Dr. Mary Scollay, equine medical director for the Kentucky Horse Racing Commission, will temporarily serve as chief racing veterinarian in Kentucky with the departure of Dr. Lafe Nichols.

  • KY Drug-Testing Lab Still a Possibility

    The Governor's Task Force on the Future of Horse Racing hopes to have the framework for a plan to create an equine drug-testing laboratory in Kentucky in place by the end of this year.

  • KY Officials Vow to Regulate Steroids

    Kentucky racing officials said they intend on having regulations for use of anabolic steroids in racehorses in place as quickly as possible, but discussion and research are still needed.

  • Dr. Patricia Marquis

    Marquis Named Calder Vet

    Dr. Patricia Maquis was named senior track veterinarian at Calder Race Course. Dr. Marquis replaces Dr. Mary Scollay who took the position of equine medical director at the Kentucky Horse Racing Authority

  • Eight Belles

    Catastrophic Injuries: What Do We Know?

    In the wake of two highly publicized catastrophic racetrack injuries since May 2006, questions and opinions regarding the safety of Thoroughbred racehorses have been generated and propagated by fans, the media, and animal rights groups.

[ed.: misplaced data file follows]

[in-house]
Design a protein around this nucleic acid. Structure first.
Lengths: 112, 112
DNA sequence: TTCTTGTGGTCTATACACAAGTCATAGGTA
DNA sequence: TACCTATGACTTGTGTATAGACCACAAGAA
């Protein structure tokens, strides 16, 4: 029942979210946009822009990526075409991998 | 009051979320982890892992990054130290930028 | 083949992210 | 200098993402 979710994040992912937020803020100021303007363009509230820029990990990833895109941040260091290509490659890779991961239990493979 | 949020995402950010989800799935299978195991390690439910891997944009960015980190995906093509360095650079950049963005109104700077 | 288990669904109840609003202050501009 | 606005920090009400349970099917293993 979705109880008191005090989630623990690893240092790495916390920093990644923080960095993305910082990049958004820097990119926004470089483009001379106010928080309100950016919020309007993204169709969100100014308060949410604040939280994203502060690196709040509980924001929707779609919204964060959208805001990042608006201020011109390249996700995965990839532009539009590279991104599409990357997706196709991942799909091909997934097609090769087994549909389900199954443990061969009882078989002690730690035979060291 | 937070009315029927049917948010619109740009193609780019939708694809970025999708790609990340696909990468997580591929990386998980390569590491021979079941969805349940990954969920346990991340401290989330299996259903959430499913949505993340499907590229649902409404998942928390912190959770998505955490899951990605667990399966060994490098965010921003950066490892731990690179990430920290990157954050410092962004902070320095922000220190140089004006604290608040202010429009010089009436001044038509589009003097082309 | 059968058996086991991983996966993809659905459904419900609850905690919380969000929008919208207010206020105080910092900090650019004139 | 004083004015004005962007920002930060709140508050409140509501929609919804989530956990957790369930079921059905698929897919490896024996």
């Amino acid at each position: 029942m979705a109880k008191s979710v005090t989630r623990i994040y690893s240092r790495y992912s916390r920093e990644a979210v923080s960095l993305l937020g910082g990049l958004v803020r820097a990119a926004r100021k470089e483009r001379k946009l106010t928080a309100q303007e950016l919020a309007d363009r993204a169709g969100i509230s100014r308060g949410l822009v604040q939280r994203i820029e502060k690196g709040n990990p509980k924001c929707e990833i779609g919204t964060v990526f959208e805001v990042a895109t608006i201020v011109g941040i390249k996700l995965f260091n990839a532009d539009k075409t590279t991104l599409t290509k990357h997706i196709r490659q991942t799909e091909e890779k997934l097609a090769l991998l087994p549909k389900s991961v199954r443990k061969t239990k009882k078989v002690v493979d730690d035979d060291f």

• The Jockey Club underwrote the summit where the study's numbers were released.

    Review: Racetrack Fatality Ratio Changes

    The number of catastrophic injuries on dirt tracks has gone up while the corresponding number on synthetic surfaces has gone down, according to a revision of a report first given at the March 17 Welfare and Safety of the Racehorse Summit.

  • Caution Urged on Steroid Regulation

    An authority on drug testing who has worked with the United States Olympic Committee and is now advising the horse racing industry has urged caution on efforts to regulate anabolic steroids.

  • Welfare and Safety Summit Approaching

    The second Welfare and Safety of the Racehorse Summit, slated for March 17-18 at Keeneland, will be a time of learning new approaches to solving industry issues, as well as continuing the discussion of progress on topics brought up at the first meeting in October 2006.